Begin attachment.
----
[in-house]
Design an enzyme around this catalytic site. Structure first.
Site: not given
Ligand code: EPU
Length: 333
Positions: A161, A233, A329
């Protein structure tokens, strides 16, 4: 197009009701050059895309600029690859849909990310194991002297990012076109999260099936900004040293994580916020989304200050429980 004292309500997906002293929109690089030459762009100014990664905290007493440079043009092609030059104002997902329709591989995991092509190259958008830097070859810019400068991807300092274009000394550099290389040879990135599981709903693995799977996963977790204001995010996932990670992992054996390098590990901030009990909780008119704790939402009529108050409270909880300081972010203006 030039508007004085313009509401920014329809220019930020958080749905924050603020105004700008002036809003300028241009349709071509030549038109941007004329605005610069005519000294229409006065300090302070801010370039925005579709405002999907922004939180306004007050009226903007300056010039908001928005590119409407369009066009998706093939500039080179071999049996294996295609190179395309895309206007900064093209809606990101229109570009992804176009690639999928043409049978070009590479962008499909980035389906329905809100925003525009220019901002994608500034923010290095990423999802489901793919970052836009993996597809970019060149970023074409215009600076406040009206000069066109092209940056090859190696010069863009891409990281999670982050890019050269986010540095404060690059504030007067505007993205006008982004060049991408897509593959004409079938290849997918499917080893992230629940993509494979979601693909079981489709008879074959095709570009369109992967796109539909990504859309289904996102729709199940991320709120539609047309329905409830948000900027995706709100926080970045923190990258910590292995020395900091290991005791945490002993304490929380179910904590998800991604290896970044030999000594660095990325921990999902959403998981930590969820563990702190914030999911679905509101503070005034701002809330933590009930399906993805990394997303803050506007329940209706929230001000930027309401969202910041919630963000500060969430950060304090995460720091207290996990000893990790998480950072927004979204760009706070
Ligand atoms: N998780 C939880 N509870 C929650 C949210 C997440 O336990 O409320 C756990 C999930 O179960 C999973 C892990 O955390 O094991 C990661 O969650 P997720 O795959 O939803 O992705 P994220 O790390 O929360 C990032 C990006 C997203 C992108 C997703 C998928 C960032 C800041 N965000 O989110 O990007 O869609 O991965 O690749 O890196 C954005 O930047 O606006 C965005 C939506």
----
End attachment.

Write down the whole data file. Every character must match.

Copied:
[in-house]
Design an enzyme around this catalytic site. Structure first.
Site: not given
Ligand code: EPU
Length: 333
Positions: A161, A233, A329
């Protein structure tokens, strides 16, 4: 197009009701050059895309600029690859849909990310194991002297990012076109999260099936900004040293994580916020989304200050429980 004292309500997906002293929109690089030459762009100014990664905290007493440079043009092609030059104002997902329709591989995991092509190259958008830097070859810019400068991807300092274009000394550099290389040879990135599981709903693995799977996963977790204001995010996932990670992992054996390098590990901030009990909780008119704790939402009529108050409270909880300081972010203006 030039508007004085313009509401920014329809220019930020958080749905924050603020105004700008002036809003300028241009349709071509030549038109941007004329605005610069005519000294229409006065300090302070801010370039925005579709405002999907922004939180306004007050009226903007300056010039908001928005590119409407369009066009998706093939500039080179071999049996294996295609190179395309895309206007900064093209809606990101229109570009992804176009690639999928043409049978070009590479962008499909980035389906329905809100925003525009220019901002994608500034923010290095990423999802489901793919970052836009993996597809970019060149970023074409215009600076406040009206000069066109092209940056090859190696010069863009891409990281999670982050890019050269986010540095404060690059504030007067505007993205006008982004060049991408897509593959004409079938290849997918499917080893992230629940993509494979979601693909079981489709008879074959095709570009369109992967796109539909990504859309289904996102729709199940991320709120539609047309329905409830948000900027995706709100926080970045923190990258910590292995020395900091290991005791945490002993304490929380179910904590998800991604290896970044030999000594660095990325921990999902959403998981930590969820563990702190914030999911679905509101503070005034701002809330933590009930399906993805990394997303803050506007329940209706929230001000930027309401969202910041919630963000500060969430950060304090995460720091207290996990000893990790998480950072927004979204760009706070
Ligand atoms: N998780 C939880 N509870 C929650 C949210 C997440 O336990 O409320 C756990 C999930 O179960 C999973 C892990 O955390 O094991 C990661 O969650 P997720 O795959 O939803 O992705 P994220 O790390 O929360 C990032 C990006 C997203 C992108 C997703 C998928 C960032 C800041 N965000 O989110 O990007 O869609 O991965 O690749 O890196 C954005 O930047 O606006 C965005 C939506």